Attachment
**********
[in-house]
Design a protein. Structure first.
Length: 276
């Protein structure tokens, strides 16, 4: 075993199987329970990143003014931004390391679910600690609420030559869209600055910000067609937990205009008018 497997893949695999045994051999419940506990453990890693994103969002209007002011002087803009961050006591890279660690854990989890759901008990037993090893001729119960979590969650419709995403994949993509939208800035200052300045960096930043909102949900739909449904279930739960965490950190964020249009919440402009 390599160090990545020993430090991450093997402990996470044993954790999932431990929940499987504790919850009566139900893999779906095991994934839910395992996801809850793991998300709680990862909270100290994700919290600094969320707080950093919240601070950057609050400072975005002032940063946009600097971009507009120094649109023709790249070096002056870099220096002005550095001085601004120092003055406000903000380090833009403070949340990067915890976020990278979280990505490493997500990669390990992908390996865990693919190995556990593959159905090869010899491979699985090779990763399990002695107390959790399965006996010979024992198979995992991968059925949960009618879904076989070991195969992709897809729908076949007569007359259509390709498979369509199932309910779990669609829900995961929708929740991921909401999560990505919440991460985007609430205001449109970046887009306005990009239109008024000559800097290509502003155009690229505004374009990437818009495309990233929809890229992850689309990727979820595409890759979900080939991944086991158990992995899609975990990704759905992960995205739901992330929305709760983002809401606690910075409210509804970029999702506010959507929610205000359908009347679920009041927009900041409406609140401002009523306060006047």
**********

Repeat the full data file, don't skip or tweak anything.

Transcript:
[in-house]
Design a protein. Structure first.
Length: 276
């Protein structure tokens, strides 16, 4: 075993199987329970990143003014931004390391679910600690609420030559869209600055910000067609937990205009008018 497997893949695999045994051999419940506990453990890693994103969002209007002011002087803009961050006591890279660690854990989890759901008990037993090893001729119960979590969650419709995403994949993509939208800035200052300045960096930043909102949900739909449904279930739960965490950190964020249009919440402009 390599160090990545020993430090991450093997402990996470044993954790999932431990929940499987504790919850009566139900893999779906095991994934839910395992996801809850793991998300709680990862909270100290994700919290600094969320707080950093919240601070950057609050400072975005002032940063946009600097971009507009120094649109023709790249070096002056870099220096002005550095001085601004120092003055406000903000380090833009403070949340990067915890976020990278979280990505490493997500990669390990992908390996865990693919190995556990593959159905090869010899491979699985090779990763399990002695107390959790399965006996010979024992198979995992991968059925949960009618879904076989070991195969992709897809729908076949007569007359259509390709498979369509199932309910779990669609829900995961929708929740991921909401999560990505919440991460985007609430205001449109970046887009306005990009239109008024000559800097290509502003155009690229505004374009990437818009495309990233929809890229992850689309990727979820595409890759979900080939991944086991158990992995899609975990990704759905992960995205739901992330929305709760983002809401606690910075409210509804970029999702506010959507929610205000359908009347679920009041927009900041409406609140401002009523306060006047």